Thirty-six French parliamentarians gathered in Jerusalem last month to meet with Prime Minister Naftali Bennett. One of the lawmakers, a non-Jewish MP with a long record of supporting Israel, begged the new prime minister to send an ambassador to fill the empty diplomatic post in Paris who could properly defend Israel, especially in the French press.
Bennett dodged the issue, saying the appointment was Foreign Minister Yair Lapid’s call, a French source with knowledge of the meeting told The Times of Israel.
Lapid made his choice last week, tapping former health minister Yael German as Israel’s next envoy to France and saying that “German will do wonderful work representing Israel and its interests.”
German is talented and well-respected. After working in management roles in education and industry, she served for 15 years as the mayor of Herzliya. She entered the Knesset with Lapid’s Yesh Atid Party in 2013 and served as health minister from 2013 to 2014.
“She is fit for the job,” a Foreign Ministry spokesperson told The Times of Israel. “She has a ton of experience, professional and personal. She knows French and by the time she gets to France, she will know even more.”
But despite the widespread regard for German as a person and as a minister, many commentators and politicians — both French and Israeli — argue that she is the wrong person at the wrong time for the sensitive diplomatic posting, particularly due to the fact that her familiarity with the French language is not quite ready for prime time.
“In France particularly, knowledge of the language is critical,” said Maia Sion-Tzidkiyahu, director of the program on Israel–Europe relations at Mitvim, a foreign policy think tank. “It’s critical for the ability of the ambassador to reach media outlets, for example.”
With France indicating a desire to improve relations with Jerusalem, the ambassador will play a critical role as Israel looks to take advantage of an opportunity to move closer to one of Europe’s most powerful countries, one that Lapid has been actively courting.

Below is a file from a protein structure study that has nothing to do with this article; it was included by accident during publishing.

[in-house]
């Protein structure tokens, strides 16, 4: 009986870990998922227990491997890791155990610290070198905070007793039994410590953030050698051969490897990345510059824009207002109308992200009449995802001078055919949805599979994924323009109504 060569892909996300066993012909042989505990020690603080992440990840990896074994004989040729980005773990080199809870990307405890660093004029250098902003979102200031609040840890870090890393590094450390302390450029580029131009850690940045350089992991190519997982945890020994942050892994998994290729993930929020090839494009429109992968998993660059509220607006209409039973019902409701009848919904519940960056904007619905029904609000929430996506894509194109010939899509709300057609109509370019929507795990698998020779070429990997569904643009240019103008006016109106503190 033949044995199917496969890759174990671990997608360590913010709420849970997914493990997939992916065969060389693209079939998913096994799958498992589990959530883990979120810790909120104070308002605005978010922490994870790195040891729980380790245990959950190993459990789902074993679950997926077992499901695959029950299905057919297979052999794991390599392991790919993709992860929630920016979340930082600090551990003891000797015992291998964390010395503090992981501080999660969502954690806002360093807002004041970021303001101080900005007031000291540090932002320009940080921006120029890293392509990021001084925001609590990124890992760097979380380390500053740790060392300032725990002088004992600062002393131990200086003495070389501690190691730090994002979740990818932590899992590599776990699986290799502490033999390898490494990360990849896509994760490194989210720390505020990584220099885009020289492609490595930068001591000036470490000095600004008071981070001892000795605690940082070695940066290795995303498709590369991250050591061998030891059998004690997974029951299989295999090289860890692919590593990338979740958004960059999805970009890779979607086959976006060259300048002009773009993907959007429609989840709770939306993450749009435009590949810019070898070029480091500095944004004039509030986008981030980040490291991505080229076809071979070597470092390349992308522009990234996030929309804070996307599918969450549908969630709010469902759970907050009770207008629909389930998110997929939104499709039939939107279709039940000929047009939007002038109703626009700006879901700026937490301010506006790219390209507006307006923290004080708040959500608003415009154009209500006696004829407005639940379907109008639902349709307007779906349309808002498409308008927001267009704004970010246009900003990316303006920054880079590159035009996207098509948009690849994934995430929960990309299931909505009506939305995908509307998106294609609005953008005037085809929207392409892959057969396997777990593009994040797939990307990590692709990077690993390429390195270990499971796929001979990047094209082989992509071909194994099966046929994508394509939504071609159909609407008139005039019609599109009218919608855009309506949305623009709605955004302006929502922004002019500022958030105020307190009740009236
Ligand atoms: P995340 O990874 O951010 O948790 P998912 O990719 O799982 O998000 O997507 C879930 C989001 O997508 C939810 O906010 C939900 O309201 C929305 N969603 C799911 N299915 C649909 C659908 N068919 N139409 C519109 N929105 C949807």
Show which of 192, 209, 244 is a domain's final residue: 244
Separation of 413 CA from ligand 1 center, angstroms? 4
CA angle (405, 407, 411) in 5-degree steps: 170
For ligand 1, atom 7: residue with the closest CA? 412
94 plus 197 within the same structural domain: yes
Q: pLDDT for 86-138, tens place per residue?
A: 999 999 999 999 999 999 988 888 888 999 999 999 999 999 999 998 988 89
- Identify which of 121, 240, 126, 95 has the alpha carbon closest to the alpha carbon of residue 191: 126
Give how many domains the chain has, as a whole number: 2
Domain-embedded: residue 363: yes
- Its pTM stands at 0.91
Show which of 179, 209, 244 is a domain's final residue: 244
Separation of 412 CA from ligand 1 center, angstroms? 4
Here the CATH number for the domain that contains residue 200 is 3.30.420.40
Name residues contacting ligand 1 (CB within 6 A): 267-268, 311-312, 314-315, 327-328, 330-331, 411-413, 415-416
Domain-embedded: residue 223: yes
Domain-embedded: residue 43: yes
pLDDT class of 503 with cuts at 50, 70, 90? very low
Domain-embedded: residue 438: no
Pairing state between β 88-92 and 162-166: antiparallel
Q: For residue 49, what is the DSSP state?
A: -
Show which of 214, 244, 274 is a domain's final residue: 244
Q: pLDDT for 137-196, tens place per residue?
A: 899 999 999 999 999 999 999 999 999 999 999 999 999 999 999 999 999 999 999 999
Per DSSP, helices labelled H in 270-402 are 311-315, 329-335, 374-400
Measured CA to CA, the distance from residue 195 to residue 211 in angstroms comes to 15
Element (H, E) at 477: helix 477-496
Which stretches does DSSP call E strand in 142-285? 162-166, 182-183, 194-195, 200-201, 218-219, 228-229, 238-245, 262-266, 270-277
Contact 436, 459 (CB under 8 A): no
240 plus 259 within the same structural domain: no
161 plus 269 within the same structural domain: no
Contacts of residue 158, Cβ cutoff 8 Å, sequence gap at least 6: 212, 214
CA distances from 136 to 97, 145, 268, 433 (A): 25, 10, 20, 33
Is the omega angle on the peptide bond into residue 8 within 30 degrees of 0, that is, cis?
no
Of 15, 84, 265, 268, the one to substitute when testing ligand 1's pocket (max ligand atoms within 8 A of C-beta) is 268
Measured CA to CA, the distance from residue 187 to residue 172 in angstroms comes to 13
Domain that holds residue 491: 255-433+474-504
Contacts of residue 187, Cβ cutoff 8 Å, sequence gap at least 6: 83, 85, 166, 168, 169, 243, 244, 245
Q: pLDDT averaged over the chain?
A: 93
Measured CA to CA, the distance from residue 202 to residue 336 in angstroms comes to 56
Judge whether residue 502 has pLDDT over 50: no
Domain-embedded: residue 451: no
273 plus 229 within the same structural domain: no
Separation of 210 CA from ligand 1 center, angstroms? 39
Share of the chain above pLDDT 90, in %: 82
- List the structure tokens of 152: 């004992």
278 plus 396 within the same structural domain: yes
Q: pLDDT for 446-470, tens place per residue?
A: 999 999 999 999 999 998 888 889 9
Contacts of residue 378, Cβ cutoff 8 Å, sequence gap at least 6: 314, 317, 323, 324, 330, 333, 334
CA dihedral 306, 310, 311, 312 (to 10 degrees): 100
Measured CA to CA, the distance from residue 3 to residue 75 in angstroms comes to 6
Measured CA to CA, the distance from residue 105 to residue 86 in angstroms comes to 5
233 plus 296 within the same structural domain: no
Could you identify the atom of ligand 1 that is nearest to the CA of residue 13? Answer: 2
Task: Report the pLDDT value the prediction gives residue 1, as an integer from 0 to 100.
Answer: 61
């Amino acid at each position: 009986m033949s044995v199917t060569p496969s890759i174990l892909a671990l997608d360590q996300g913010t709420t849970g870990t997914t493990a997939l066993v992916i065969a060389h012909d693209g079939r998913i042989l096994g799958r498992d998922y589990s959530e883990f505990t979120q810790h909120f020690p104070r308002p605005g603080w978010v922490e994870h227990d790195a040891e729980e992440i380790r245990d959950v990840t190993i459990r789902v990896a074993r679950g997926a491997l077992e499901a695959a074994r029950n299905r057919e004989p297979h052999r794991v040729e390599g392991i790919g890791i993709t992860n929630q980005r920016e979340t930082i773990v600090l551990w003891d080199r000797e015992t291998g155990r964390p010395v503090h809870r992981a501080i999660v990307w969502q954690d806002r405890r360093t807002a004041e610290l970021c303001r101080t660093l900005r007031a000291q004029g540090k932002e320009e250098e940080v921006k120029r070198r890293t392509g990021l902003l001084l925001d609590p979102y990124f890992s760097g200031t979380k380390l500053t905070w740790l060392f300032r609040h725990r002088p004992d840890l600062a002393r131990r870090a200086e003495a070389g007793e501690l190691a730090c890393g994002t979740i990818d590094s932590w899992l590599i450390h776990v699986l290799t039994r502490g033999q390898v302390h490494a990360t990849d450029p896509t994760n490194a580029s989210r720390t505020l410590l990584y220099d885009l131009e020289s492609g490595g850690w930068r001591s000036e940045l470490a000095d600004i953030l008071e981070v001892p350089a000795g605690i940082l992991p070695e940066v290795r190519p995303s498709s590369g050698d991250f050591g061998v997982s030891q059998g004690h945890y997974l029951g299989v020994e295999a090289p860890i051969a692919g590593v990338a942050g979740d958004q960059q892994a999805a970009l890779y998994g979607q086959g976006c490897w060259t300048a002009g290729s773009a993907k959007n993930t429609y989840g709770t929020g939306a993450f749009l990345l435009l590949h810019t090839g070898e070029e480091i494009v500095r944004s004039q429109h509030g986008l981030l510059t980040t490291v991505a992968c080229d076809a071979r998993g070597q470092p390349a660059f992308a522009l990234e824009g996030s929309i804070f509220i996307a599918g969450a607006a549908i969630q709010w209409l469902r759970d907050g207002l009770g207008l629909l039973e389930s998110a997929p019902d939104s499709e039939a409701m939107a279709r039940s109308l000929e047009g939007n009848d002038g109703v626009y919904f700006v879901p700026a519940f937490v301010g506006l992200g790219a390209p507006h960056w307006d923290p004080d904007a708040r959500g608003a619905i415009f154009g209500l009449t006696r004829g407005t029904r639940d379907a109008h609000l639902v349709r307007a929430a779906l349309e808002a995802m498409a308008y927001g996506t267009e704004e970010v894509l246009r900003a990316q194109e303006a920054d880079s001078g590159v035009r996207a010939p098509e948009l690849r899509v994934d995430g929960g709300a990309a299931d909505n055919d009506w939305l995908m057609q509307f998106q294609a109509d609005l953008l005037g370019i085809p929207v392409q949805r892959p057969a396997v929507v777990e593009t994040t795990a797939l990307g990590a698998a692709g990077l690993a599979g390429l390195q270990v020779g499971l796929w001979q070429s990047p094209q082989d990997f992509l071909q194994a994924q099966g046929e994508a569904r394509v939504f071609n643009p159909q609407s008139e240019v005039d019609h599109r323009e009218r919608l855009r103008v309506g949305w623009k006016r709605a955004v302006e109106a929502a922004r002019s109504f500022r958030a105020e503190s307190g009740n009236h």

“It’s a sign of chutzpah,” said Haim Arik Messika, a French immigrant who is active in French Likud circles in Israel. “It’s chutzpah to send someone like this… Not only that she doesn’t speak French. She doesn’t understand the culture. She doesn’t understand at all the culture of French Jews, and that’s the worst.”
‘Knowledge of the language is critical’
With its influential position in the EU and on the United Nations Security Council, France’s importance to Israel goes well beyond the bilateral relationship. Currently, France is seen as flag-bearer for countries in the bloc that are harshly critical of Israel.
But that may soon change.
Eric Danon, France’s ambassador to Israel, told the visiting parliamentarians last month that President Emmanuel Macron intends to reset relations with Israel if he is re-elected in 2022, according to a diplomatic source with knowledge of the meeting.
While Macron and Lapid have a warm personal relationship, France’s foreign ministry — often referred to as the Quai d’Orsay — under Foreign Minister Jean-Yves Le Drian has been especially critical of Israel.
In May, Le Drian said Israel was at risk of “long-lasting apartheid” if the Palestinians didn’t obtain their own state.